When the alarm went off at six Sunday morning I briefly contemplated turning it off and staying in bed. But the siren song of birding, represented by an American Robin greeting the gray dawn, dragged me out of bed and into Forest Park. The drizzlymist really limited the usefulness of my binoculars so I birded by ear as I walked through the woods, pleased to hear the “zee zee zoo zoo zee” of Black-throated Green Warblers and an occasional shouted “teacher teacher teacher” of an Ovenbird joining the familiar songs of White-throated Sparrows and Northern Cardinals.

By the time I reached Woodhaven Boulevard I was damp and cold and glad that the deli by the bus stop had hot coffee. The bus ride on the Q53 Limited to Jamaica Bay was uneventful until the very end when the bus driver ignored the fact that I had requested the stop and the fact that I was standing behind him saying “Hey, that’s my stop.”

The added couple hundred yards of walking was not appreciated but not life-threatening either. What was annoying is as I was walking to the entrance a flock of four Laughing Gulls found my predicament funny and did what they are named for as they flew past. Mocked by birds! And not even mockingbirds!

Fly-by Glossy Ibis didn’t mock me and singing House Wrens and Yellow Warblers were much more pleasing to my ears than the garrulous gulls. I didn’t find many passerine migrants in the gardens but resident birds were definitely in the process of locking down their territories. All three mimids (Northern Mockingbirds, Gray Catbirds and Brown Thrashers) were singing and I observed several American Robins and one Song Sparrow gathering nesting material. Even better was my first gosling of the year, waiting for mom to hatch the rest of the eggs.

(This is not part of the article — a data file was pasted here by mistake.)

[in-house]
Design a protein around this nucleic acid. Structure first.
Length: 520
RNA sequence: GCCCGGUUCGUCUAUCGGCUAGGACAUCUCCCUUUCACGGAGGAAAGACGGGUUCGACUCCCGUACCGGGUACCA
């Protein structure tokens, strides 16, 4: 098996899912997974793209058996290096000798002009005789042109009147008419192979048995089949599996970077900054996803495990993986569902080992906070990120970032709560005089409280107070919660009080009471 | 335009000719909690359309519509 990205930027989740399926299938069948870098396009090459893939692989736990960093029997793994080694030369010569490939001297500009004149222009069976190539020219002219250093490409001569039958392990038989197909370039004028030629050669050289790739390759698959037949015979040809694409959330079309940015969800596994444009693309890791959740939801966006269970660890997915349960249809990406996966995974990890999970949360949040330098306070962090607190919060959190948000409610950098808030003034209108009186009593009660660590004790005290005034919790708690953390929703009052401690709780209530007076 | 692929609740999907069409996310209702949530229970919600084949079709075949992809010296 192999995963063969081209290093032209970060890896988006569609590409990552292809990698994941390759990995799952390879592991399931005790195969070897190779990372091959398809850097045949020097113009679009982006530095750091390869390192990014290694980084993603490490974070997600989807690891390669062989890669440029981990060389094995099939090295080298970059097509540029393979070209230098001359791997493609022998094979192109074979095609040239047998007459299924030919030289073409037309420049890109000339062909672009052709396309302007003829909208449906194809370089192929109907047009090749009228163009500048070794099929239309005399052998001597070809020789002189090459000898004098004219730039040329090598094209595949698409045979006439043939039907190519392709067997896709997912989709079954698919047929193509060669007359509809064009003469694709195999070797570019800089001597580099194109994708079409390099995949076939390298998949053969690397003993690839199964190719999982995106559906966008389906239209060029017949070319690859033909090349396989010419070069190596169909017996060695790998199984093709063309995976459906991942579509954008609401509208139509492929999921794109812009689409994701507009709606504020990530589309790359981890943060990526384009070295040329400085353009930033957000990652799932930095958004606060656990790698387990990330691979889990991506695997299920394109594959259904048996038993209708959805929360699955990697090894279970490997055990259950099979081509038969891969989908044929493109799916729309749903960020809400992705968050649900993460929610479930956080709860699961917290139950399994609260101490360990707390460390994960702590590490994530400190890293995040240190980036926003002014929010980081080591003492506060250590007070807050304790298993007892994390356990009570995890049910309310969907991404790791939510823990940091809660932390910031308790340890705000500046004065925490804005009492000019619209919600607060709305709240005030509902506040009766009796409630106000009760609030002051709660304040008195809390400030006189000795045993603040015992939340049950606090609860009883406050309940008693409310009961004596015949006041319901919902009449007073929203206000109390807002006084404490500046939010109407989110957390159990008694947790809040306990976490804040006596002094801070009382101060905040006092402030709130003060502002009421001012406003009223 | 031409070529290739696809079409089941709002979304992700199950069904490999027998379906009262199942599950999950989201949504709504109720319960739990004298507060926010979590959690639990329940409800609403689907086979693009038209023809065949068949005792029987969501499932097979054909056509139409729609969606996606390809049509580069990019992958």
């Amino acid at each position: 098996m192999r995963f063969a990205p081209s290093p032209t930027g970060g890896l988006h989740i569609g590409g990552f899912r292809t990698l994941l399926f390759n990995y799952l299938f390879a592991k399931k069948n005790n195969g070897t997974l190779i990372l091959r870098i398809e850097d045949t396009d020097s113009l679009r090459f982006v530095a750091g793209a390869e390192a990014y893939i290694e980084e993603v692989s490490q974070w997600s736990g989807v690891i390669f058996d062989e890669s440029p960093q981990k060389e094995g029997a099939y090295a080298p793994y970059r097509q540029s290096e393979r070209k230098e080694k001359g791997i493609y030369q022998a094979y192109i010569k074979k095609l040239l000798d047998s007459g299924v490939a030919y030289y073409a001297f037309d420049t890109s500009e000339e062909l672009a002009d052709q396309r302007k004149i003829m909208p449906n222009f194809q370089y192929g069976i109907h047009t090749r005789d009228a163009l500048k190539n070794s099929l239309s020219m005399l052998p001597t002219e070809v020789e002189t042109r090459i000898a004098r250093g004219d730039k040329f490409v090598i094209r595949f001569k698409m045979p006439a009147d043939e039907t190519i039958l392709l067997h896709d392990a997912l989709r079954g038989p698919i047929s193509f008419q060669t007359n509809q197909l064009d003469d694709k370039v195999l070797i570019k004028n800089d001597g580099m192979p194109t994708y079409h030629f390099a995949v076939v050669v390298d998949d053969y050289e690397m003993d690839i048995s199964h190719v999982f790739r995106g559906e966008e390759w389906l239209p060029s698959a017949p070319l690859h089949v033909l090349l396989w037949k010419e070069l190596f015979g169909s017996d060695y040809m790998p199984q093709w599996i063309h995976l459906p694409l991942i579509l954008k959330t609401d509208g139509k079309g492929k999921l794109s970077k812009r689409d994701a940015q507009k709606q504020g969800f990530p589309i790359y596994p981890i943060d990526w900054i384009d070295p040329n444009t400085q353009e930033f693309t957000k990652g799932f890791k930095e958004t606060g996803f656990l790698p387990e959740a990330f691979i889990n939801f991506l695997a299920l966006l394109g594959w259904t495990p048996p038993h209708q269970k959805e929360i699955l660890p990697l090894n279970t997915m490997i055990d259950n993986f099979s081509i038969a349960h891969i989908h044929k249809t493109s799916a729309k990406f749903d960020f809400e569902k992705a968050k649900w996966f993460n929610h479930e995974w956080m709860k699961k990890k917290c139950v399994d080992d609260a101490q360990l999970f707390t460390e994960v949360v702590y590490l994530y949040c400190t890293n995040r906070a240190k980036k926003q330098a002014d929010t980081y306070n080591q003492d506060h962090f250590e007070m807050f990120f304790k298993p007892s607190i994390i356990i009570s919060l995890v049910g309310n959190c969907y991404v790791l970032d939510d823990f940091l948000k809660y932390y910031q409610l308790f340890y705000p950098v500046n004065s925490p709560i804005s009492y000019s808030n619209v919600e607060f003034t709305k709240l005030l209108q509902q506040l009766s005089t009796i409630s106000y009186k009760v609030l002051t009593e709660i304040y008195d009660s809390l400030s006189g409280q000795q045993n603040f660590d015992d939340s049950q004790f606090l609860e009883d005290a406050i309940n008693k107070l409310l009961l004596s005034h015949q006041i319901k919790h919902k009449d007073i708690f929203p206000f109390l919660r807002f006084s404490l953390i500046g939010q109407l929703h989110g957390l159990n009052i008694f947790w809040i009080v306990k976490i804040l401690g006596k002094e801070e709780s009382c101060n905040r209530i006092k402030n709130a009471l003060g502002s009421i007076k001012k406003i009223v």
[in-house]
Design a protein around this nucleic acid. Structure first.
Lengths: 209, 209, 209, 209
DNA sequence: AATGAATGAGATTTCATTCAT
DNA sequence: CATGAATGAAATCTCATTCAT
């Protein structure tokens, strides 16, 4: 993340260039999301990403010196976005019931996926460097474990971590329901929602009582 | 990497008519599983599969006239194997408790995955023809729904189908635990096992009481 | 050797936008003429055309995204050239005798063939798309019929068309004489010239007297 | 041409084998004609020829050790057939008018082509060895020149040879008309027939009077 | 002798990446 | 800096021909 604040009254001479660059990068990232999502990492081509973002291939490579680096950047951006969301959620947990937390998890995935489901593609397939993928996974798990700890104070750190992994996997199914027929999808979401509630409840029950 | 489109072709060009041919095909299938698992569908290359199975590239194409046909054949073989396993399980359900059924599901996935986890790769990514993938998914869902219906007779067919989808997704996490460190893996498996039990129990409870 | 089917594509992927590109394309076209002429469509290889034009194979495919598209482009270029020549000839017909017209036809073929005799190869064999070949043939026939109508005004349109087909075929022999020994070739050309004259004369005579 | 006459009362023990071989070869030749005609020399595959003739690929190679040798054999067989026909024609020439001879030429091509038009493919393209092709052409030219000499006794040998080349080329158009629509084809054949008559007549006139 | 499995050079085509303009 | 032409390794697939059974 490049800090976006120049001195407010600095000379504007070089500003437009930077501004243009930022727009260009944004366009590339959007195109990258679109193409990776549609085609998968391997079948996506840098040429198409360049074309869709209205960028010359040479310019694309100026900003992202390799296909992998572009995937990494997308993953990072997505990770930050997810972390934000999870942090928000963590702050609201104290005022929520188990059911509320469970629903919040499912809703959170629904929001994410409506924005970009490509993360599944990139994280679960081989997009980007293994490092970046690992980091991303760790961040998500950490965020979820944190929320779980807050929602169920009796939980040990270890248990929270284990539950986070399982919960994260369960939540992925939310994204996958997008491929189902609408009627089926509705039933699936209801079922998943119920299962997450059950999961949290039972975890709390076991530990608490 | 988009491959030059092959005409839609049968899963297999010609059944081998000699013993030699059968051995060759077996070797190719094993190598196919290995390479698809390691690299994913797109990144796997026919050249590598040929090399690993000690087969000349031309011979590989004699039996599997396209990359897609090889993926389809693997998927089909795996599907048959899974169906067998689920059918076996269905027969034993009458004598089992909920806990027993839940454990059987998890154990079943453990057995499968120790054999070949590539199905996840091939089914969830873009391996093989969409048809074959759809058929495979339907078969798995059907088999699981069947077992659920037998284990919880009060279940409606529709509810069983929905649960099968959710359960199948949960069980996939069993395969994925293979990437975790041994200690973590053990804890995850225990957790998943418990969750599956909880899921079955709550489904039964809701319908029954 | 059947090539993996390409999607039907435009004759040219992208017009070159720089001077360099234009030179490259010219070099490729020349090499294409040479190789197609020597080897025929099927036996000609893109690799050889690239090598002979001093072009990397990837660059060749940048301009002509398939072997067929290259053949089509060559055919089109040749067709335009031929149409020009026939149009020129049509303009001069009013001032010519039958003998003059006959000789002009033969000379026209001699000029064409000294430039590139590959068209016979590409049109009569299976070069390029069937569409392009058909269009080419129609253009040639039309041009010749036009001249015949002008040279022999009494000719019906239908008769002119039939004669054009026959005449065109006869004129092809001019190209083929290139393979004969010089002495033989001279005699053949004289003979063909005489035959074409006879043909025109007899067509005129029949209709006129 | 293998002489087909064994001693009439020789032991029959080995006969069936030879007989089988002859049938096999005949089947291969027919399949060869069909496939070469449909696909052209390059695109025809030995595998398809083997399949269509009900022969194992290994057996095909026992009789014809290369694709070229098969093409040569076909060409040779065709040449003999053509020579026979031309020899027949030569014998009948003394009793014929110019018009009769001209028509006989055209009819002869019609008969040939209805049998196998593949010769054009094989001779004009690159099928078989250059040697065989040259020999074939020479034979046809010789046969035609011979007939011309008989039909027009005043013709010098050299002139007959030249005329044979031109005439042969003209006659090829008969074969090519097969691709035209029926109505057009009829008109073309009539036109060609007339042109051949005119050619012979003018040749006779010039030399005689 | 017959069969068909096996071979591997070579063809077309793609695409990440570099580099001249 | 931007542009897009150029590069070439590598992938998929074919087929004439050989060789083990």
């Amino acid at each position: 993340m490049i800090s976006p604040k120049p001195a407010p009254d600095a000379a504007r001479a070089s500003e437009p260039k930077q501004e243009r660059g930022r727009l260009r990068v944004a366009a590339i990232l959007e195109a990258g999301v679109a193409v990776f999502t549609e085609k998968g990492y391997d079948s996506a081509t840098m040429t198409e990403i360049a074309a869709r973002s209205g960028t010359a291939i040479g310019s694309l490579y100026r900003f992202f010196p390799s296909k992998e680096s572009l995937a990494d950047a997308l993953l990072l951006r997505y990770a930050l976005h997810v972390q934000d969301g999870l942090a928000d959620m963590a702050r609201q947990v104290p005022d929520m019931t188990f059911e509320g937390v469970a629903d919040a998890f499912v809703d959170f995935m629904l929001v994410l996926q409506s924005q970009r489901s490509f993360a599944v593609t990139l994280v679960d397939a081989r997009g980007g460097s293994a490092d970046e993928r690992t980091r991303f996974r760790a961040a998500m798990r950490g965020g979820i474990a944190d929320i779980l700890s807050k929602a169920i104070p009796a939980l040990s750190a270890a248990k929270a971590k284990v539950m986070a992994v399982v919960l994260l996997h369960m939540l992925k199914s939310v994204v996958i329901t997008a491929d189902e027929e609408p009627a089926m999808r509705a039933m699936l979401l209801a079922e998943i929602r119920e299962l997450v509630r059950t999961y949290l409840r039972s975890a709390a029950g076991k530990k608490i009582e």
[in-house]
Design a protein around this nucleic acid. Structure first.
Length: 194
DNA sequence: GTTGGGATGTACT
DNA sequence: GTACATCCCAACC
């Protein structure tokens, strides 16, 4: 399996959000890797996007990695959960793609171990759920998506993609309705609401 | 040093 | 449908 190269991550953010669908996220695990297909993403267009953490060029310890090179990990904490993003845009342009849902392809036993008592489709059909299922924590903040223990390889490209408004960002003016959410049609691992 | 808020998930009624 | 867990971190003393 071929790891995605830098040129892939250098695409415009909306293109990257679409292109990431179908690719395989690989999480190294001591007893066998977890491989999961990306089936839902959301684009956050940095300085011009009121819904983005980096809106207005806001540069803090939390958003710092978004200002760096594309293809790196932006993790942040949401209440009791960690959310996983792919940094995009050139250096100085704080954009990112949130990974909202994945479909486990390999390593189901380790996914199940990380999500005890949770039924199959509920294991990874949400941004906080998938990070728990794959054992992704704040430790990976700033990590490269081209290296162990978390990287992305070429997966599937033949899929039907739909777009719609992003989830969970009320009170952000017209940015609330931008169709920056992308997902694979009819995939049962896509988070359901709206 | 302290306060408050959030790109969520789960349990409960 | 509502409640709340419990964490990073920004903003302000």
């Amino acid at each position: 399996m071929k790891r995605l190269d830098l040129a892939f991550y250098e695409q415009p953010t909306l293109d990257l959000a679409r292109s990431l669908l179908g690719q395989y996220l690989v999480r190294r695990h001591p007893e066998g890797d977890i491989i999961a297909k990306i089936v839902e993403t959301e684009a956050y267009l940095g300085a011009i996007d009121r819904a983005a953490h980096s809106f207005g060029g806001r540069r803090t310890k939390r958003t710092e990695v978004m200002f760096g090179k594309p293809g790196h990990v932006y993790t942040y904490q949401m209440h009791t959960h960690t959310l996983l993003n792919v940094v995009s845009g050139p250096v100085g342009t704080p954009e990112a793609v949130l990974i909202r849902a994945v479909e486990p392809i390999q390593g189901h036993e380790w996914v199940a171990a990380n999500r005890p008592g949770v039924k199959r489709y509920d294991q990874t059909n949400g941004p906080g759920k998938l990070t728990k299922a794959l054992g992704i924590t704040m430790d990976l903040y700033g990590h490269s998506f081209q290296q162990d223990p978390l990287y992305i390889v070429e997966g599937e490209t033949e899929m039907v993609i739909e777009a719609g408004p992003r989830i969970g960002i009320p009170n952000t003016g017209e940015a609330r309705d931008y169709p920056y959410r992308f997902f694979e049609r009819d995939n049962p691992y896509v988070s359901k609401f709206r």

Canada Goose and gosling

I’m glad that the goose was more cooperative than the Mute Swans with a lone cygnet that were around last week.

Mute Swans with cygnet

The tide was low and the birds were abundant though difficult to see through the wet stuff falling from the sky. I did manage to pick out a Little Blue Heron in the north marsh and was also glad to see my first of the year Common Tern with gray underwings unlike the Forster’s Tern frostier underwings. Another new bird for the year list that went whizzing over head was a Barn Swallow, soon joined by more of its ilk. They were outnumbered at least ten-to-one by the constantly chattering Tree Swallows.

At the end of the terripan trail about twenty shorebirds were visible foraging in low-tide exposed mud in the marshes to the west. The only ones I could identify through the precipitation were three breeding-plumaged Black-bellied Plovers: the others were just too bland and distant for me to figure them out to species. Of course, fly-by American Oystercatchers were readily identifiable by both sight and voice.

Waterfowl numbers were way down from previous visits with just a fraction of the Greater Scaup still present but lots of Brant. Green-winged Teal, Northern Shovelers and Ruddy Ducks are still around too, and the Ruddy Ducks are getting impressive as they make their way into full breeding plumage.

The East Pond area held even fewer birds and the rain started coming down a bit harder so I took cover in the bird blind and just sat for about 45 minutes, watching Eastern Towhees, Northern Cardinals, Swamp and White-throated Sparrows and Yellow-rumped Warblers make their way through the undergrowth when I wasn’t trying to find another species of swallow among the Barn and Tree Swallows that were thick over the pond. Then it was back to the bus stop and back to Forest Park.

perched Tree Swallow at Jamica Bay, Queens, NY

The drizzle let up as I got back to Forest Park but I was already wet and didn’t have much energy left for more birding. I still managed to track down my first Red-eyed Vireo and Wood Thrush of the year, both of which led me to them through their vocalizations.

Several hours after I got home this popped up in my inbox: “Today an imm. male Prothonotary Warbler was present between Big John’s Pond and the ‘East Pond Raunt Bench’ at Jamaica Bay WR, NYC.”

If I hadn’t seen one on Saturday I would have screamed!

Written by Corey
Corey is a New Yorker who lived most of his life in upstate New York but has lived in Queens since 2008. He's only been birding since 2005 but has garnered a respectable life list by birding whenever he wasn't working as a union representative or spending time with his family. He lives in Forest Hills with Daisy and Desmond Shearwater. His bird photographs have appeared on the Today Show, in Birding, Living Bird Magazine, Bird Watcher's Digest, and many other fine publications. He is also the author of the American Birding Association Field Guide to the Birds of New York.